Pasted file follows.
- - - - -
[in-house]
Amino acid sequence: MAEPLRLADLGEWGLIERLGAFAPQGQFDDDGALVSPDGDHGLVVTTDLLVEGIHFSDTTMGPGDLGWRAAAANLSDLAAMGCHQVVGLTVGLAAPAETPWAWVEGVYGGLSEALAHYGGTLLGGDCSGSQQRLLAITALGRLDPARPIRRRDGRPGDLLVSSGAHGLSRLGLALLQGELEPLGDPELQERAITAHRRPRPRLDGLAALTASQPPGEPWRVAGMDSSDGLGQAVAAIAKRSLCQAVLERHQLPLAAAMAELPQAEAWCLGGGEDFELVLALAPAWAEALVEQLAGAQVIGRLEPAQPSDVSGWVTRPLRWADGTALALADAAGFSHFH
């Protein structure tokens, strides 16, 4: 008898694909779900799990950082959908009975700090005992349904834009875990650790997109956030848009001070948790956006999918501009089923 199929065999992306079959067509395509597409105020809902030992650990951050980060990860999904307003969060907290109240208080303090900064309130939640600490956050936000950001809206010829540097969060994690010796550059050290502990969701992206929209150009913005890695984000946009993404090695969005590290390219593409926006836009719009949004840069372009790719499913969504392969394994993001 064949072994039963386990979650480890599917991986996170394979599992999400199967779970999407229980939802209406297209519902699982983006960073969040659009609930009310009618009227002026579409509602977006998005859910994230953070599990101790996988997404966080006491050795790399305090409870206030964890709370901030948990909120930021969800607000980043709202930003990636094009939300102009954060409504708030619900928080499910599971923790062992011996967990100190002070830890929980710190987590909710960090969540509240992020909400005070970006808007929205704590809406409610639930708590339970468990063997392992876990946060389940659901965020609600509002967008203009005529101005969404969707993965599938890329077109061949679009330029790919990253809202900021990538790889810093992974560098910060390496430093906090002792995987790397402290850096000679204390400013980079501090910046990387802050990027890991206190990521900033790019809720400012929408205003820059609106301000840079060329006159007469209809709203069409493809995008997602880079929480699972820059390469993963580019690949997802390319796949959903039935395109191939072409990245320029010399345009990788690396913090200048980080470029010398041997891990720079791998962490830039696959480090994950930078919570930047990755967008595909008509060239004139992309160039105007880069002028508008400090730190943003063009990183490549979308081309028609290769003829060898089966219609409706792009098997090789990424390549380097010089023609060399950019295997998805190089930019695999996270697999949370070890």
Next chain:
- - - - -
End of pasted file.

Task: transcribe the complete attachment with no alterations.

[in-house]
Amino acid sequence: MAEPLRLADLGEWGLIERLGAFAPQGQFDDDGALVSPDGDHGLVVTTDLLVEGIHFSDTTMGPGDLGWRAAAANLSDLAAMGCHQVVGLTVGLAAPAETPWAWVEGVYGGLSEALAHYGGTLLGGDCSGSQQRLLAITALGRLDPARPIRRRDGRPGDLLVSSGAHGLSRLGLALLQGELEPLGDPELQERAITAHRRPRPRLDGLAALTASQPPGEPWRVAGMDSSDGLGQAVAAIAKRSLCQAVLERHQLPLAAAMAELPQAEAWCLGGGEDFELVLALAPAWAEALVEQLAGAQVIGRLEPAQPSDVSGWVTRPLRWADGTALALADAAGFSHFH
């Protein structure tokens, strides 16, 4: 008898694909779900799990950082959908009975700090005992349904834009875990650790997109956030848009001070948790956006999918501009089923 199929065999992306079959067509395509597409105020809902030992650990951050980060990860999904307003969060907290109240208080303090900064309130939640600490956050936000950001809206010829540097969060994690010796550059050290502990969701992206929209150009913005890695984000946009993404090695969005590290390219593409926006836009719009949004840069372009790719499913969504392969394994993001 064949072994039963386990979650480890599917991986996170394979599992999400199967779970999407229980939802209406297209519902699982983006960073969040659009609930009310009618009227002026579409509602977006998005859910994230953070599990101790996988997404966080006491050795790399305090409870206030964890709370901030948990909120930021969800607000980043709202930003990636094009939300102009954060409504708030619900928080499910599971923790062992011996967990100190002070830890929980710190987590909710960090969540509240992020909400005070970006808007929205704590809406409610639930708590339970468990063997392992876990946060389940659901965020609600509002967008203009005529101005969404969707993965599938890329077109061949679009330029790919990253809202900021990538790889810093992974560098910060390496430093906090002792995987790397402290850096000679204390400013980079501090910046990387802050990027890991206190990521900033790019809720400012929408205003820059609106301000840079060329006159007469209809709203069409493809995008997602880079929480699972820059390469993963580019690949997802390319796949959903039935395109191939072409990245320029010399345009990788690396913090200048980080470029010398041997891990720079791998962490830039696959480090994950930078919570930047990755967008595909008509060239004139992309160039105007880069002028508008400090730190943003063009990183490549979308081309028609290769003829060898089966219609409706792009098997090789990424390549380097010089023609060399950019295997998805190089930019695999996270697999949370070890």
Next chain: